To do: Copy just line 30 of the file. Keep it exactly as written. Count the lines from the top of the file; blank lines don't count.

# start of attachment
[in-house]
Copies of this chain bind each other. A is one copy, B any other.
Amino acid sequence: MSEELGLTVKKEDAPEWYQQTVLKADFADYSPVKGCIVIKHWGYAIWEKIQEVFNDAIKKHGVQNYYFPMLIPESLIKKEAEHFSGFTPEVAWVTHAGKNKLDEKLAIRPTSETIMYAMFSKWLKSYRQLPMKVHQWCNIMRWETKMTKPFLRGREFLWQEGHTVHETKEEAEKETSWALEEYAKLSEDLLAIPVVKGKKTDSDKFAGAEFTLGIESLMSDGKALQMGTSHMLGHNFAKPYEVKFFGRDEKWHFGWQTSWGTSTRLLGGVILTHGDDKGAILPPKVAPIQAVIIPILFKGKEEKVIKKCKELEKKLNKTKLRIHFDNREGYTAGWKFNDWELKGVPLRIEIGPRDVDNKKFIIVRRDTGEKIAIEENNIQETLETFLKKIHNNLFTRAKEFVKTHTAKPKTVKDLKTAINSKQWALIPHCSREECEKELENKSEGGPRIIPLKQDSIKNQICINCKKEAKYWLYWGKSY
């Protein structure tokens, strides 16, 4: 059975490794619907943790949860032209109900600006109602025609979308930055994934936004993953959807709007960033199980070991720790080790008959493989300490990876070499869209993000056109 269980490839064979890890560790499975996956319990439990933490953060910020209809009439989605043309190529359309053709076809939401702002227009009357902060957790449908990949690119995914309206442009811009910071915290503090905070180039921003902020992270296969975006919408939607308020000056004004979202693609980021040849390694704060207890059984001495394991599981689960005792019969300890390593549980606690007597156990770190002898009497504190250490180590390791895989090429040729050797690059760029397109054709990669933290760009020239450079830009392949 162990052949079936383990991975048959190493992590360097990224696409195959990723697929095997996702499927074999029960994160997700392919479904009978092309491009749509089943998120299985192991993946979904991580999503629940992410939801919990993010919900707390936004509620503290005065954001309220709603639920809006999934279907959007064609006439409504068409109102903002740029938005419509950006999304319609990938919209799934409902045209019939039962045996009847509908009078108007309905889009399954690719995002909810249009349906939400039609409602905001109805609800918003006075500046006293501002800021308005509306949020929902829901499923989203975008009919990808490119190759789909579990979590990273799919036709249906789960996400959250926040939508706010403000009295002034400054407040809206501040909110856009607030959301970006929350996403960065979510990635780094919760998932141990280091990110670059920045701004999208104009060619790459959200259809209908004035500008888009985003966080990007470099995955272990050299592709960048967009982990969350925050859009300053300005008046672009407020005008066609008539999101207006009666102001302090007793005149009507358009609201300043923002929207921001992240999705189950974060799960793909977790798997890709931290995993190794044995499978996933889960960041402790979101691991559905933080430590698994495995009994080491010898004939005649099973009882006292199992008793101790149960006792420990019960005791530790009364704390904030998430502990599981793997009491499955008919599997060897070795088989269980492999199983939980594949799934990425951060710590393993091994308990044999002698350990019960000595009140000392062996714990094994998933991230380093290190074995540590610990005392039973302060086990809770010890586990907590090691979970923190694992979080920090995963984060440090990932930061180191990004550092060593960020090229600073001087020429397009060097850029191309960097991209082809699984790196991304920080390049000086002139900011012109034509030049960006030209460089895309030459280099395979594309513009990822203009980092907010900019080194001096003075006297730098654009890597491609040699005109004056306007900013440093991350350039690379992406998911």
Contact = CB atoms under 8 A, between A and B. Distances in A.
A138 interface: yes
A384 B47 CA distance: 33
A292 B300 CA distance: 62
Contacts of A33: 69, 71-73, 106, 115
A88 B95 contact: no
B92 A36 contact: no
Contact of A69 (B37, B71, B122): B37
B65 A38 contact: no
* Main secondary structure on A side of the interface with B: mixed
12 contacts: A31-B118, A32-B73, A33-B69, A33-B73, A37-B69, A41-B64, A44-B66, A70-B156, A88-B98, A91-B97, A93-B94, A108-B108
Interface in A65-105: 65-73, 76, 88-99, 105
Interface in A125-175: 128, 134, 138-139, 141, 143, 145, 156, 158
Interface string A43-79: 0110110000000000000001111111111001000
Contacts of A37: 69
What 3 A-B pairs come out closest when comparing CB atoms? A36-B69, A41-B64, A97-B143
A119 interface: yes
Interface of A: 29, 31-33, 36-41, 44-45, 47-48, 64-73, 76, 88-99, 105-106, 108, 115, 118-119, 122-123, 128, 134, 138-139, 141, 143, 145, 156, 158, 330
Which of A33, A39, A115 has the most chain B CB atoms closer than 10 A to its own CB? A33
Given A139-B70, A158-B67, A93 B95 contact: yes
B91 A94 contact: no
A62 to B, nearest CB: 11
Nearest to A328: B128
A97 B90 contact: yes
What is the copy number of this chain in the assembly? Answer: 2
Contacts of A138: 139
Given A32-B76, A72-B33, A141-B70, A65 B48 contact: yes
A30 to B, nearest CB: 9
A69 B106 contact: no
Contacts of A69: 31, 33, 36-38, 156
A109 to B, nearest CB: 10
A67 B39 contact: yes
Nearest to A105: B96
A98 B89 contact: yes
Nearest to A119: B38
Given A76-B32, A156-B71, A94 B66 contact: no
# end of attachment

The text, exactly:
Contacts of A138: 139